It’s our fifth year homeschooling and I’m feeling like a veteran! The “what” of method and curriculum was easy this year since we know what works for us.
The hard part? Giving up our afternoon rest time for school! As most of you know, I am an avid proponent of afternoon rest times and have been napping with my kids since I was pregnant with my third bay. Well, it was a very happy six years of that, but the time has drawn to a close. We need Levi to be asleep in order to accomplish our school time. It has officially become impossible to do anything productive with this guy around! This little boy needs to be active or out of doors or he is, how shall we say….difficult to keep happy. (Or happy because he is vigorously running a matchbox car across my keyboard or playing with a chef’s knife.)
The relinquishing of my alone time has been a very slow process over the years with the birth of each child and the addition of home education to our days. I used to wonder how other moms could do it without at least one quiet hour during the day. The answer, for me, is that there is a tradeoff that makes it worth giving up. Keeping everyone happy and having their needs met now brings more peace to our home than my “me” time.
Oh yes, there are days when I cancel school to take a nap to survive. But for the most part the girls very much look forward to a few quiet hours in the afternoon where they have my full attention and are free from the terrors of their books being ripped or their paints dumped out.
Our Afternoon Schooling Routine
In the morning hours we do chores, run errands and spend time outside. A few days a week I squeeze in some exercise or some administrative tasks. After lunch (here’s a post about that) I lay Levi down for his nap and school time begins. We do math, some form of language arts, our read aloud for the day, and any projects from our curriculum.
After Levi wakes up I have learned it is wise to start moving towards dinner and our evening routine.
Every other Monday morning we meet up with our Wild and Free nature group. We have done a lot of creek playing this year, both with our nature group and in the creek behind our house.
June is very adamant that she do school with the big girls. So she has a simple kindergarten math and phonics workbook that she does to make her feel like she is included. (Libby was also very much this way and taught herself basic phonics and math with very little instruction from me.) I try to sit with her to do these but sometimes she insists on forging ahead without me so then I let her write in them wrong and backwards and tell her what a great job she is doing. I will also read picture books to her exclusively, either before the baby wakes for his nap or after he goes to bed at night.
So, in the evenings I have one to two hours to do things that I cannot do with kids around. I have curated those evening activities down to reading, blogging or spending time with David.
Then I sleep. It feels as abrupt as it sounds, ha!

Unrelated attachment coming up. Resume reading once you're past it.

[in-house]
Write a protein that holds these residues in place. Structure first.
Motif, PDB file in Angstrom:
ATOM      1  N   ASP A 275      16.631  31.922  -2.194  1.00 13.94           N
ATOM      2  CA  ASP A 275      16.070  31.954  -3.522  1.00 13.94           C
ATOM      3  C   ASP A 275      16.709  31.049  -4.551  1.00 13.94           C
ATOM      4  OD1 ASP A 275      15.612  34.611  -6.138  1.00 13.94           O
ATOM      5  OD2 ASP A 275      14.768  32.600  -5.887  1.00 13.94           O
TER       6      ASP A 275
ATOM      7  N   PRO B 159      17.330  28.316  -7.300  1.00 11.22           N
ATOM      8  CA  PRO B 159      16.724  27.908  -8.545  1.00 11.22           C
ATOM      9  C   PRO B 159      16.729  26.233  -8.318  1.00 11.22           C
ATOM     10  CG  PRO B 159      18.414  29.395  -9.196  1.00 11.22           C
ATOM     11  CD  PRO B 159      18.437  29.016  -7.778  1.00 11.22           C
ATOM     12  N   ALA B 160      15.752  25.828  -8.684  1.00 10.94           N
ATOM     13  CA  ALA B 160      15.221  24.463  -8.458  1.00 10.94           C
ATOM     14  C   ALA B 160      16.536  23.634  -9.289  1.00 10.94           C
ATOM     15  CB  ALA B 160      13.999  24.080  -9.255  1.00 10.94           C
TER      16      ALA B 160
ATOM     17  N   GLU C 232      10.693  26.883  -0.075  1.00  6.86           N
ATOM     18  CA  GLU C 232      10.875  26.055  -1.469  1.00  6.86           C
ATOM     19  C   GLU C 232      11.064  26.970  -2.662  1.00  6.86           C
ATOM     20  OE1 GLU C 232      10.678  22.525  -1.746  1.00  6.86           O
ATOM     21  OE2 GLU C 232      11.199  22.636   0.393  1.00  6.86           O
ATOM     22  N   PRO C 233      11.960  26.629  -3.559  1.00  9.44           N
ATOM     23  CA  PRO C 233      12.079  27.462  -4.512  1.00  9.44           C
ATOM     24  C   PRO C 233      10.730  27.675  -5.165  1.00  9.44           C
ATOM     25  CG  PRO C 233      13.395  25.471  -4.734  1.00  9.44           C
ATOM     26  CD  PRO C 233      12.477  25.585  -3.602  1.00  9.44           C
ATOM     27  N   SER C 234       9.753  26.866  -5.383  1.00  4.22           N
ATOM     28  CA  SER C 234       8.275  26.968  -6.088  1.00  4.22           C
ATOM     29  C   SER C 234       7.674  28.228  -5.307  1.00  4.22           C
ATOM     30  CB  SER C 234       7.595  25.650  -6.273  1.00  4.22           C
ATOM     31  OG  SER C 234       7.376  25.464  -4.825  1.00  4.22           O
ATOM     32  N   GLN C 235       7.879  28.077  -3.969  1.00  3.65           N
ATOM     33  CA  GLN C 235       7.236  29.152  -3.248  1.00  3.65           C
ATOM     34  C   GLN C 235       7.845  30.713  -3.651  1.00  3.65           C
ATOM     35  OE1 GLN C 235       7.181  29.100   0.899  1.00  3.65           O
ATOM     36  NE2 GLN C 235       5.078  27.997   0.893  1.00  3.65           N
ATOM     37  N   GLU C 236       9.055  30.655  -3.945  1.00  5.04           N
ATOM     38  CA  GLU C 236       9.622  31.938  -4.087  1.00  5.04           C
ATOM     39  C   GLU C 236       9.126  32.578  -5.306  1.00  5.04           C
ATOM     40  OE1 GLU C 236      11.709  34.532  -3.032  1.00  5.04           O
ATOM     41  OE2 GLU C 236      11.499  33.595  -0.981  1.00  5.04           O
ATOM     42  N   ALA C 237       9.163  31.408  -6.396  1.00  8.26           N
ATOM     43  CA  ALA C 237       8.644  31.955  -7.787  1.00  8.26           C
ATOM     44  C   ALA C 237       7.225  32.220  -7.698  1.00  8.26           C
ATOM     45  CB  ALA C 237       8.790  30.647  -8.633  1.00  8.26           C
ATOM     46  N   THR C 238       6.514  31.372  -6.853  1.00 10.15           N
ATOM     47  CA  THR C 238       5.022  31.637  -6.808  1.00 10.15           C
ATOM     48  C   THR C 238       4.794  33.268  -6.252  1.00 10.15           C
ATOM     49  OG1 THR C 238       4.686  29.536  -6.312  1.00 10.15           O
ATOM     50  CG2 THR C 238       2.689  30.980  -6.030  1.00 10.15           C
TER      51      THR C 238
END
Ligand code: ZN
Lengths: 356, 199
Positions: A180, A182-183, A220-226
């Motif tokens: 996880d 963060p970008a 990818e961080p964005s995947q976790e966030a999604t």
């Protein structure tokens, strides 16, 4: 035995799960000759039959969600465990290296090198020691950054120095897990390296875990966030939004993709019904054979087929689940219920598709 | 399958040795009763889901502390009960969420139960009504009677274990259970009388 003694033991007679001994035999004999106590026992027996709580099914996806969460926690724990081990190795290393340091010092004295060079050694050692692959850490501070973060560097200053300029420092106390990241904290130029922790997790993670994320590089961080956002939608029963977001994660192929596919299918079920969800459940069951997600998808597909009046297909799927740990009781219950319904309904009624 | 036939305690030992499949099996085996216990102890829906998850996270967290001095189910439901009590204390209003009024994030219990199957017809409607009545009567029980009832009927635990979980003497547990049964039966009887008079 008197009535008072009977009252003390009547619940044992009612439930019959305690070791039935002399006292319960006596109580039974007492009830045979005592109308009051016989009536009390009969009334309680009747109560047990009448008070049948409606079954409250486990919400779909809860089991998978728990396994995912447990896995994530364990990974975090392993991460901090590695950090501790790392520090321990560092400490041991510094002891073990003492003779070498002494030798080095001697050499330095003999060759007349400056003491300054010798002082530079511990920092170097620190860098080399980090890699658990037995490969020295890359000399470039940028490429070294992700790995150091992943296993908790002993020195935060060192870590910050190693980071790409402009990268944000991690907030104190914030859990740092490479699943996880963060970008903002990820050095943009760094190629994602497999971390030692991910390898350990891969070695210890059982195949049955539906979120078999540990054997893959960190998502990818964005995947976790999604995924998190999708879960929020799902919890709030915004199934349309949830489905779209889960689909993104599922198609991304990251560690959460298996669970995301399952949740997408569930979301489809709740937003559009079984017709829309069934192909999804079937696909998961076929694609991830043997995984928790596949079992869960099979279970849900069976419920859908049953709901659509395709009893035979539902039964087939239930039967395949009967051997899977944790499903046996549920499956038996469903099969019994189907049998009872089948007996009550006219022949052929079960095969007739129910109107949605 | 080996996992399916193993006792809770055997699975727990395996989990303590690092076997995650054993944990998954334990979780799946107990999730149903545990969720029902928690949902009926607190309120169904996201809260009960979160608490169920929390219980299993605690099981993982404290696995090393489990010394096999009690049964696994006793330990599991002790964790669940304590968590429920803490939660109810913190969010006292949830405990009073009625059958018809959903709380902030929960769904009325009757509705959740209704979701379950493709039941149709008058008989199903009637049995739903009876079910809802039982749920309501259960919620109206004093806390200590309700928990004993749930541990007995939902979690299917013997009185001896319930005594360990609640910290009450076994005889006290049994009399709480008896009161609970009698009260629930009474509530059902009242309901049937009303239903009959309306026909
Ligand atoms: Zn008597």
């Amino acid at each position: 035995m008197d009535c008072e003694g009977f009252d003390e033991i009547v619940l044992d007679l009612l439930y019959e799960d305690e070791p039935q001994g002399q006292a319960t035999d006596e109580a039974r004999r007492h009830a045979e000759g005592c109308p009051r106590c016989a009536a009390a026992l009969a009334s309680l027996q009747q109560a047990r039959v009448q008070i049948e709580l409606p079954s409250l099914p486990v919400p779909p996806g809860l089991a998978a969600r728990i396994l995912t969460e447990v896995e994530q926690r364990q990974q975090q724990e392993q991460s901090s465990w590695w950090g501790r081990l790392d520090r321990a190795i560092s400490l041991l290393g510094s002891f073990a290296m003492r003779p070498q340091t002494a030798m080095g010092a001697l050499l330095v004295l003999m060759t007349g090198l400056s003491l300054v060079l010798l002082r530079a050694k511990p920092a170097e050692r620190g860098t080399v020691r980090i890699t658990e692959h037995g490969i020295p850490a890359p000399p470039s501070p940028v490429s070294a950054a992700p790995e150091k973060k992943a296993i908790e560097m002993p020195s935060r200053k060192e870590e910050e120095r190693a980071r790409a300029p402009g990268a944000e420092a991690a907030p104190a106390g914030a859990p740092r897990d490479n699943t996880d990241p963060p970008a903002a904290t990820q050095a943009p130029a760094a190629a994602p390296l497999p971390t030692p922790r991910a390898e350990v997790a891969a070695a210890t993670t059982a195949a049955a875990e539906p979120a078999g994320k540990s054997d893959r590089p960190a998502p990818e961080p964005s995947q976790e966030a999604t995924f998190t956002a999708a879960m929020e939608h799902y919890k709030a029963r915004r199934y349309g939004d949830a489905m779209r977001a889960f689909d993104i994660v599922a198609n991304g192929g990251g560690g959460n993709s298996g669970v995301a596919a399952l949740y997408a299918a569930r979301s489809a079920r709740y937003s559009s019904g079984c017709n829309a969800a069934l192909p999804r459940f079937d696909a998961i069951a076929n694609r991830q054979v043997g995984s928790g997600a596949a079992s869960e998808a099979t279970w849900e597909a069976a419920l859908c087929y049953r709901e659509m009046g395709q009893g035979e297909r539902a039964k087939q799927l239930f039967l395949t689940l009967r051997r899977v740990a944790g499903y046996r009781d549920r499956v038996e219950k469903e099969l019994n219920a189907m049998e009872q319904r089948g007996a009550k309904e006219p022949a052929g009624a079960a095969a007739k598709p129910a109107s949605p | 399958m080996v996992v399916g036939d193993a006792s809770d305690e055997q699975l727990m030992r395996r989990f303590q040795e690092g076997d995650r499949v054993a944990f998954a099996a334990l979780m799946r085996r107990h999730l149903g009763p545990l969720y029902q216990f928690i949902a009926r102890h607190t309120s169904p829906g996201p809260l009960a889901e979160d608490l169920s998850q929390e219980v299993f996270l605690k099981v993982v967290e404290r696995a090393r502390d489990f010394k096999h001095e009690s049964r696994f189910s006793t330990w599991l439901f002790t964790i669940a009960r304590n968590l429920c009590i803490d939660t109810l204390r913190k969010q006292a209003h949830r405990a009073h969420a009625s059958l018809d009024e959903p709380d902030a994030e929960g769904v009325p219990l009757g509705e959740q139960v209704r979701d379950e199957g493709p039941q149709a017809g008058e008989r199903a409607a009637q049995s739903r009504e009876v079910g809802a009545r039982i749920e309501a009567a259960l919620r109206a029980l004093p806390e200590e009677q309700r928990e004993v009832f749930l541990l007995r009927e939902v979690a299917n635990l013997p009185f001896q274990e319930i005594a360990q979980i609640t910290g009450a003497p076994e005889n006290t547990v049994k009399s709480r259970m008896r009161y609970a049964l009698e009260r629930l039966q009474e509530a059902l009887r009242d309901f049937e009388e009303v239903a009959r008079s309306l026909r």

This is the tradeoff we make to be home educators, and it is worth it, I think. It’s seasons-of-life transitions like this one that help me innovate with the resources I have.
We are using a literature and project-based curriculum by the Peaceful Press called The Precious People. This takes us from creation through ancient history, including studies of non-Western people groups. This curriculum covers literature, science and history for us. Mainly, we read books and do projects! Of course, we are also working on making a timeline of all the events we study too. I love how this guide is formulated for families so that multiple age groups can participate at their own level.
We have been using Math U See for the last few years and it has worked beautifully for us. We rarely ever need the manipulative blocks any more; we watch a short lesson and then use the workbook to practice what we learned for as long as we need to until the concept is mastered. That may be two days or seven. Right now both of the girls are in the same math and we are halfway through the Beta book.
We are keeping the two things that have worked for us in years past: Explode the Code workbooks and written narrations. We are in book six of Explode the Code and I think maybe they are outgrowing them, but it is such an easy activity for them to do independently.
This year I really felt like the girls were ready for formal spelling because they are constantly trying to write letters and stories and asking me for the spellings of things. They very much want to know the right spelling. I got a simple curriculum called Sequential Spelling, which is formulated especially for homeschoolers. They absolutely love it and ask to do it daily.
Written narrations of course are a weekly habit that we are getting back into. Writing is one of the hardest things we do in our homeschool, so I only assign one a week and try to make sure there is as much choice as possible in what they write about.
If you want to see more in-depth explanations of my philosophy or the curriculums I mentioned, you can read my other homeschool planning posts from years past. They can all be found here, along with other tips and pictures of our space. Happy homeschooling, friends!
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